CLUBS LISTED IN ALPHABETICAL ORDER
BETTINARDI BB SERIES
TECH TALK: The 100-percent milled line features four traditional Anser-style shapes reworked by a designer with nearly two decades of experience. The BB1 (left) has slightly softer edges; the neck of the BB8 is closer to the heel to promote more toe hang; the BB25 has a slightly tapered body with a single flange; and the BB26 is center-shafted with zero offset.
(L) "The roll is absolutely tops. All the edges look very crisp."
(M) "Fine artwork. Maintenance-free finish is perfect." ... "For a smallish head, you don't have to hit it hard to get the ball going."
(H) "Distraction-free, but the feel was a bit hard for my taste."
HOT: This series is the black tuxedo of putters: classic, elegant, doesn't stand out because it's not supposed to. And like adding monogrammed cuff links or a patterned cummerbund, the customization department will personalize your putter with sight dots, lines or initials.
NOT: Stock offerings are limited: nothing but 34- and 35-inch shafts, and only the BB1 has a lefty version.
HEAVY PUTTER LITE-WEIGHT SERIES
TECH TALK: The name might suggest an abandonment of the company ethos, but this series is still about 25 percent heavier than a typical putter. A 375-gram head (including old-school shapes like 8802 and Bulls Eye) and a grip-weighted shaft make for a total weight of 600 grams, 30 percent lighter than the company's heaviest series. Still, the club's balance point is similar to the original's. The idea is to engage the body's larger muscles to produce a less-wristy, pendulum stroke.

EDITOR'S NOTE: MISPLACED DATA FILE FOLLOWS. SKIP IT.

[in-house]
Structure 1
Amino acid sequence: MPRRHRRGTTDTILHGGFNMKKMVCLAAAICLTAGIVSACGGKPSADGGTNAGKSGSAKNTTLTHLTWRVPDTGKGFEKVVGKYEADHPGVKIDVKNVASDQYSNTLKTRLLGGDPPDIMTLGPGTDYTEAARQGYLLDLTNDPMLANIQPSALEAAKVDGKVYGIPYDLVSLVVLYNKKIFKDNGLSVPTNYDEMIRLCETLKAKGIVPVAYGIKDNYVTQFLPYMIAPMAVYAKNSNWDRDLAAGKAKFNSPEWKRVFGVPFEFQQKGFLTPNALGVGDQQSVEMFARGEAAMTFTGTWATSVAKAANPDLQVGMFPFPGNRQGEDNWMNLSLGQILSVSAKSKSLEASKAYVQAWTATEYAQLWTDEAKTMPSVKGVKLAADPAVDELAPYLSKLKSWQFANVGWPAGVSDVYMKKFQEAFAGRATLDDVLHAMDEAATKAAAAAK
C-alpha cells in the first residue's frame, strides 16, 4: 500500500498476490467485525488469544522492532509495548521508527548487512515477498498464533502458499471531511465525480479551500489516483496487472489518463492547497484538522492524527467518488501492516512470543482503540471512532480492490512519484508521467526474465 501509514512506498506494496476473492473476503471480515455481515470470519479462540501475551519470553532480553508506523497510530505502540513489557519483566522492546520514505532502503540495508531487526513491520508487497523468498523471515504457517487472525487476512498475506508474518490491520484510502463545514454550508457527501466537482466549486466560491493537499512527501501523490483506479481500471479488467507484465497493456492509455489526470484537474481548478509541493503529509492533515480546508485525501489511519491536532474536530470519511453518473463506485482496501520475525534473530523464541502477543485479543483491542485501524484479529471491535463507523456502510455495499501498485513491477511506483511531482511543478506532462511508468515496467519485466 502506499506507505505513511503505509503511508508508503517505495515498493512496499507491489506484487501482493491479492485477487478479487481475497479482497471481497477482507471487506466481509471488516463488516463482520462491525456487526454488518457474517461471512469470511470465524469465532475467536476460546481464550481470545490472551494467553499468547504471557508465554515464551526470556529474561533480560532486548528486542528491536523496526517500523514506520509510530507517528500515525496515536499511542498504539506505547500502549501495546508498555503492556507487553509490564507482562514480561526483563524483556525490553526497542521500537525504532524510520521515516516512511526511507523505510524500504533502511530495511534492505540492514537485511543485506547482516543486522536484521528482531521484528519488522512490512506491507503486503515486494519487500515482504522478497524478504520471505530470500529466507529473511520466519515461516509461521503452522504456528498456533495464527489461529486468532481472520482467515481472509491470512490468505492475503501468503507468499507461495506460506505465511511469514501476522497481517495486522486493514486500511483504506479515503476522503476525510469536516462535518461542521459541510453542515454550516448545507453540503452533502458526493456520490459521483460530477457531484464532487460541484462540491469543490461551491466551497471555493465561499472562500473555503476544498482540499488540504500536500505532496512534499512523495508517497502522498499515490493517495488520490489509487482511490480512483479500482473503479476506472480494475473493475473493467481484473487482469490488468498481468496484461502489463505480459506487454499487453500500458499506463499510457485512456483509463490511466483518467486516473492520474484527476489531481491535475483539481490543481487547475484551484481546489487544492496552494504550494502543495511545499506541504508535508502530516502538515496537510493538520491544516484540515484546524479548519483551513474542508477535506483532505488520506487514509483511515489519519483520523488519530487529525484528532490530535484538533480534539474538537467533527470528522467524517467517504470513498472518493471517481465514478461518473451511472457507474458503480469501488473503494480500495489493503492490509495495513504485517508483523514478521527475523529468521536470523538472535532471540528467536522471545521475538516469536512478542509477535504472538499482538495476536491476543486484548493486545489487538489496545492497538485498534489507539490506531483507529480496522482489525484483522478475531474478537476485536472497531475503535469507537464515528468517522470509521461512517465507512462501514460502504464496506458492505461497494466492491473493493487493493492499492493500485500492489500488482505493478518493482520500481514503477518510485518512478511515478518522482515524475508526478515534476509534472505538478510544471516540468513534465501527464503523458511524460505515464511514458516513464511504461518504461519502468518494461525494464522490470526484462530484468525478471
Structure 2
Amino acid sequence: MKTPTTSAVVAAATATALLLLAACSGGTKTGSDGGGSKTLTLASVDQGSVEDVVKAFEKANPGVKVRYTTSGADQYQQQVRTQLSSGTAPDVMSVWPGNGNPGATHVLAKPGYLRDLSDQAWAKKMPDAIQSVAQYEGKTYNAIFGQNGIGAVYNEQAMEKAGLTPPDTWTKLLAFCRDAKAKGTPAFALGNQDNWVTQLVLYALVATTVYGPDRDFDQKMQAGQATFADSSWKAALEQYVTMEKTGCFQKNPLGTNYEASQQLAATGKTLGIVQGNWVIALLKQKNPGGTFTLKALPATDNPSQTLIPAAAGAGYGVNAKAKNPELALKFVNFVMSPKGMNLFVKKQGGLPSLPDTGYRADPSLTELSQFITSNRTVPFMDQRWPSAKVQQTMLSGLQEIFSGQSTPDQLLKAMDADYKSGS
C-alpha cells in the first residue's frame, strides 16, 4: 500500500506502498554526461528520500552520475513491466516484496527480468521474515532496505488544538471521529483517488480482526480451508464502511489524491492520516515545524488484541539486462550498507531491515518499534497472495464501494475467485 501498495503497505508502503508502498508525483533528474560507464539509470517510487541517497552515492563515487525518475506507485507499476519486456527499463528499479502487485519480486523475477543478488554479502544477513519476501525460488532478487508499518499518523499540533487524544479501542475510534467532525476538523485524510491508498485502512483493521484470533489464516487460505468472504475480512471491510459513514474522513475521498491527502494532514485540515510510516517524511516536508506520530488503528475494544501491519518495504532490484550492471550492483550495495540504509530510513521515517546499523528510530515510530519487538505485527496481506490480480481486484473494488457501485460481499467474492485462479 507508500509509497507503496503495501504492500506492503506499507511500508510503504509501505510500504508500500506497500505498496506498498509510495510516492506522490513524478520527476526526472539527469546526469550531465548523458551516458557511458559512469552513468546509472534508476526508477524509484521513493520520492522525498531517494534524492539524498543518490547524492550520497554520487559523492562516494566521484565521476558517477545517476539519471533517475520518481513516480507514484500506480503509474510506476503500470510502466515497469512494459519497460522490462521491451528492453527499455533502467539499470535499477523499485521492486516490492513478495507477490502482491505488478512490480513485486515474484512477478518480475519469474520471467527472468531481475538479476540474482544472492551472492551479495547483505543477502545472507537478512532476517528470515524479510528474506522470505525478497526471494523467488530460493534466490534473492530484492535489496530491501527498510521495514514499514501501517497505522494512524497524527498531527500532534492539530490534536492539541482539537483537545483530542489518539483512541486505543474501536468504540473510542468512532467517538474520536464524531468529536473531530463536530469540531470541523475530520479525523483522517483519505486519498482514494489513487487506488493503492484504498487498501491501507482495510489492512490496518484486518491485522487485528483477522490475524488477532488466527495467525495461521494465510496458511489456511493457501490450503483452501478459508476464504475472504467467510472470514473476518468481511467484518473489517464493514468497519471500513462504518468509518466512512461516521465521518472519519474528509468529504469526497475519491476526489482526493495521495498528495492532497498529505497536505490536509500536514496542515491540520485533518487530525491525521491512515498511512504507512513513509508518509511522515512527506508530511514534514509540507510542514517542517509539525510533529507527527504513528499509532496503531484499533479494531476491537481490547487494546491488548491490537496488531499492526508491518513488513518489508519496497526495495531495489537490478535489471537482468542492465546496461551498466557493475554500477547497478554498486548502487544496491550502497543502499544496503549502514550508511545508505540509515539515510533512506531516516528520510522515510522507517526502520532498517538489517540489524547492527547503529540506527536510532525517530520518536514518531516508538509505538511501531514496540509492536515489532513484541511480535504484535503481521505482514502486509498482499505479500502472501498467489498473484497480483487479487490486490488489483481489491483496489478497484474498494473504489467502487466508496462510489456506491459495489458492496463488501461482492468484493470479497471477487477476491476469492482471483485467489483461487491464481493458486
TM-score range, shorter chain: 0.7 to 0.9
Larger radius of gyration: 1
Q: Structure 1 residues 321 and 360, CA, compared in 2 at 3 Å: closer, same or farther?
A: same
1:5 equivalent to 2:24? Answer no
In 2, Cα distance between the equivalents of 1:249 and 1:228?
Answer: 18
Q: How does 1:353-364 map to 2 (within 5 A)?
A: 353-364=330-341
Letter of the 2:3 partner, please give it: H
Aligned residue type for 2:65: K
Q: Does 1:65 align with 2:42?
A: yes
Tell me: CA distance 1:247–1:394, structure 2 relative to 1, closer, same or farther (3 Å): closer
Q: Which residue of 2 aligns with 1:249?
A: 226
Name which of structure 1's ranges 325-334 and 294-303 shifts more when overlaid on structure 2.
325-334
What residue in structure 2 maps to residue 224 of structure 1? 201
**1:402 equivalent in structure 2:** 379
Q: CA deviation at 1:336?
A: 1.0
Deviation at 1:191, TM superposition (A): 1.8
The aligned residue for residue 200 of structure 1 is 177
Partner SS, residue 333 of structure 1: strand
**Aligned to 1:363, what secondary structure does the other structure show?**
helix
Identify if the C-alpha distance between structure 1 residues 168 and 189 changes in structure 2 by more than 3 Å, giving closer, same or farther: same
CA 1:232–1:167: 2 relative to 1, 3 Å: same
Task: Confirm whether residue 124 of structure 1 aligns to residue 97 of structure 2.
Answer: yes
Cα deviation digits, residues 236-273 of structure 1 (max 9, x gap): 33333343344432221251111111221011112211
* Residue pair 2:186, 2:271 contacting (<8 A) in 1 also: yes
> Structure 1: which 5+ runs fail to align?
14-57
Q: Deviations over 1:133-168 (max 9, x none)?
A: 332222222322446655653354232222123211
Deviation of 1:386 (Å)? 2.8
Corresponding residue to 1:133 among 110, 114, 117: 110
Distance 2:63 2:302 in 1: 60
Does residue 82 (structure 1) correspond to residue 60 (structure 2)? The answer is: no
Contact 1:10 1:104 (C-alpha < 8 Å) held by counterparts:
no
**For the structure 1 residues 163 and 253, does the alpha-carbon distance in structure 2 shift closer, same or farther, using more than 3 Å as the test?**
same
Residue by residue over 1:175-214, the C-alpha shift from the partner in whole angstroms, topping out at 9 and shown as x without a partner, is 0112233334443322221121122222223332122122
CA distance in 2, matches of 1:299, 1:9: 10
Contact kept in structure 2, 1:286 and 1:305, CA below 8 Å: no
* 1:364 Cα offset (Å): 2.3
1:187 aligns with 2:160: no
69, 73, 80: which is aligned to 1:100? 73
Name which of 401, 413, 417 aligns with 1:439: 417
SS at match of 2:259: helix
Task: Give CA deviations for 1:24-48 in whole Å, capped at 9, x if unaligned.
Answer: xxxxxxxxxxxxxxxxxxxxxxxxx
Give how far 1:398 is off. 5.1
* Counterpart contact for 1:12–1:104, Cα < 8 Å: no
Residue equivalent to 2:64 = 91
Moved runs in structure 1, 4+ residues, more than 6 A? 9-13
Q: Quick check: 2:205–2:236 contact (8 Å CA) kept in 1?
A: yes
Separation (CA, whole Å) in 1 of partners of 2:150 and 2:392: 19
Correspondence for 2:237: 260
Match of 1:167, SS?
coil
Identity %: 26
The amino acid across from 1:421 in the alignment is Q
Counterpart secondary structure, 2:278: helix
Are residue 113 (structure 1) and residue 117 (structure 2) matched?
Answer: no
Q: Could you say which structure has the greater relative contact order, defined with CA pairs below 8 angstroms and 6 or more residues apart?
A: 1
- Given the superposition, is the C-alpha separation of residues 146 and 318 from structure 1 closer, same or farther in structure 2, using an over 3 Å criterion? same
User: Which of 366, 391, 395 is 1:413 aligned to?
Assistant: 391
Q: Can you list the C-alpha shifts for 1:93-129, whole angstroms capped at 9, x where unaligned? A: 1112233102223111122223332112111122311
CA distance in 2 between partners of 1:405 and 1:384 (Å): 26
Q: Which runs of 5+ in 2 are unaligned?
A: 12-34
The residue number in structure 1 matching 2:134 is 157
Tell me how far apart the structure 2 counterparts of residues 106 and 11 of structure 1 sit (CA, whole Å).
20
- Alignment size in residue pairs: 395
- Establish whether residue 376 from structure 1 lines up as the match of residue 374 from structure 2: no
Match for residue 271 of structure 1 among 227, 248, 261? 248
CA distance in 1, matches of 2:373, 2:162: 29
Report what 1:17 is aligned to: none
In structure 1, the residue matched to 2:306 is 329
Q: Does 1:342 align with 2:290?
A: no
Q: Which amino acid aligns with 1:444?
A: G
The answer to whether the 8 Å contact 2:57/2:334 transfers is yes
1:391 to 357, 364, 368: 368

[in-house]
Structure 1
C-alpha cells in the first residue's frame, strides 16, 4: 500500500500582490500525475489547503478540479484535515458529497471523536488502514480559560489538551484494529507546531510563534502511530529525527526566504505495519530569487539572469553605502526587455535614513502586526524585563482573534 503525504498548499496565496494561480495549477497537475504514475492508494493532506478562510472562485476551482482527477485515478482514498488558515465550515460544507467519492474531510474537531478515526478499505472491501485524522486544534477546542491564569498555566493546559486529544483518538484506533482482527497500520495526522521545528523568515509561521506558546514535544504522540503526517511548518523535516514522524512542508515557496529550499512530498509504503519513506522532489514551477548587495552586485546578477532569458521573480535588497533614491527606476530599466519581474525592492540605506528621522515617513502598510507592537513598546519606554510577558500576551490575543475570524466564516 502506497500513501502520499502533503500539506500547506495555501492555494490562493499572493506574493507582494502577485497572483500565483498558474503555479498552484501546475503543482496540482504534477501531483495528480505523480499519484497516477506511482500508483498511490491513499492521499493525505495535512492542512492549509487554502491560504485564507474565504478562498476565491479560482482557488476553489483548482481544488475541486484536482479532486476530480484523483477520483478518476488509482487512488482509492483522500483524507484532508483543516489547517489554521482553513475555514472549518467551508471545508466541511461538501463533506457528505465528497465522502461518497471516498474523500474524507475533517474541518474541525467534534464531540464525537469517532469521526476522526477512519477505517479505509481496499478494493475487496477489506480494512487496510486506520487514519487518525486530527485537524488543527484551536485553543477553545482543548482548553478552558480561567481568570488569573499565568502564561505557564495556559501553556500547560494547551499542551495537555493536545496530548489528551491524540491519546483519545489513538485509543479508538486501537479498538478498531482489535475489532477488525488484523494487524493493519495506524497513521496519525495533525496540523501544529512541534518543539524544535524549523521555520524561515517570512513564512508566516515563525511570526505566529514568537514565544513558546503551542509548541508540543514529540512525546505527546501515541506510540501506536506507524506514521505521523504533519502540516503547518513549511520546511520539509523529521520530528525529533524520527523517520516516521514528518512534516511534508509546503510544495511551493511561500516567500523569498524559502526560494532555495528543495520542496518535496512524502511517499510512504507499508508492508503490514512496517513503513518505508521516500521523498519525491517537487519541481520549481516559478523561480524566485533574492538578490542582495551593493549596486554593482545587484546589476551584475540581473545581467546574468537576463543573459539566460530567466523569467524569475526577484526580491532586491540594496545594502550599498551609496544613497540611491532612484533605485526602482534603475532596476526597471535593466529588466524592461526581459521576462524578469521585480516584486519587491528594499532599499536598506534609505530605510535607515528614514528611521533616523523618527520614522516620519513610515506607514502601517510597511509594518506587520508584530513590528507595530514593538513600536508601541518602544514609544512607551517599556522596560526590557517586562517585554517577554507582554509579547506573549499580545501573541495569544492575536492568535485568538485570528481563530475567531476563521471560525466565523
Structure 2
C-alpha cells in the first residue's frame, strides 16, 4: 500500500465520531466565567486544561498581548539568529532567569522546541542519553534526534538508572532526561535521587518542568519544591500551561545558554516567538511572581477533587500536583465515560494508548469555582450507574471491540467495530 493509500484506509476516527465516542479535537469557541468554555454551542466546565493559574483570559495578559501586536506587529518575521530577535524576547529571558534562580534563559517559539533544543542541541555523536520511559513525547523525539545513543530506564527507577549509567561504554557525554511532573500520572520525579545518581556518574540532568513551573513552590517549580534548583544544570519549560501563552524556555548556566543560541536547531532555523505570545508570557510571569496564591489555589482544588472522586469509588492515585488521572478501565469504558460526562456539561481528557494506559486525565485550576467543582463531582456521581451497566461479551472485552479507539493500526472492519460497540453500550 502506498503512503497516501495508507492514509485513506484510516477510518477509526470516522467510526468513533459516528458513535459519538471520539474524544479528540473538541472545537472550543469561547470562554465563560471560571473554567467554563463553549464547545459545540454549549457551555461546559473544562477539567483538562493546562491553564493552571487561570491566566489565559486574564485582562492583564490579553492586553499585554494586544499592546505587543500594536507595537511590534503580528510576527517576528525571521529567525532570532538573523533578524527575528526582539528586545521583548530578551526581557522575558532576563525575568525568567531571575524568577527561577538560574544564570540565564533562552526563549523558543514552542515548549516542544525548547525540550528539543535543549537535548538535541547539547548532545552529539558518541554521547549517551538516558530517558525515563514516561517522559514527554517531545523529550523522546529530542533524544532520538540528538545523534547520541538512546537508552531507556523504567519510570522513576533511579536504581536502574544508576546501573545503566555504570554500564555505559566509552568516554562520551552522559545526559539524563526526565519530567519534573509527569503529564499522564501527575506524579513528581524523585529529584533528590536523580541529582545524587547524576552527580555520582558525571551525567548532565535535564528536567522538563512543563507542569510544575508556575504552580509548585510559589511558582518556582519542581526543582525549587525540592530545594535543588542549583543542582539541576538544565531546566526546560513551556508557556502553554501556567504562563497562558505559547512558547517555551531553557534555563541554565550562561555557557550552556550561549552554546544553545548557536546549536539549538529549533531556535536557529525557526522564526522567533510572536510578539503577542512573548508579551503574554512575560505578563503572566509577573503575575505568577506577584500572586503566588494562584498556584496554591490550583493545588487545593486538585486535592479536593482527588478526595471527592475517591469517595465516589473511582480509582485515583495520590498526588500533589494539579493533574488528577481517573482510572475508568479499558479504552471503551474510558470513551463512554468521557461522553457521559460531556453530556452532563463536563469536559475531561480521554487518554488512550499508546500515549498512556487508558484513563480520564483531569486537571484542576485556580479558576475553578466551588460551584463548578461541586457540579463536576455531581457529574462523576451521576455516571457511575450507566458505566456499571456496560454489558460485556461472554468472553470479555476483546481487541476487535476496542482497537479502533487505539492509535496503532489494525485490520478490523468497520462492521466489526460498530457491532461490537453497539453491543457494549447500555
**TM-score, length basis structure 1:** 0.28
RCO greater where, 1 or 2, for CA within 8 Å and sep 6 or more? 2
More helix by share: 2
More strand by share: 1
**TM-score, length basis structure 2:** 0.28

(L) "Ratcheting down the weight was a good idea. I still feel its heft locking my hands in place."
(M) "I like retro styles. I haven't seen a new Bulls Eye in ages."
(H) "It's almost impossible to turn your right hand over and yank it."
HOT: A company that steps away from the herd to question preconceptions about specifications deserves credit. Even more credit is owed a company that seeks player feedback and isn't too stubborn to modify its central idea.
NOT: The look is acceptable, but it won't move your heart.
TECH TALK: The body is cast 17-4 stainless steel; the face insert is machined 304 stainless steel with an elastomer backing. Triangular weight ports in the heel and toe come standard with two 12-gram weights, but an optional kit with 20- and 28-gram weights allows for nine permutations in total head weight and toe hang. The degree of toe hang affects how the head rotates open and closed and can be fitted to match a golfer's stroke.
(H) "Solid feel throughout the face. A nice, clean 'pop' to it."
(M) "Just what I expect from Ping: a reliable performer that makes a great day-in, day-out putter."
(L) "Interesting concept. I guess I could see myself fiddling with the weights if my stroke went awry."
HOT: Interchangeable weights, eight shaft lengths and nine lie angles give golfers every chance to make this putter their own. That's a nice feeling to have standing over a 12-footer.
NOT: We've said it since day one: Charging an extra $70 for the weight kit feels unfair.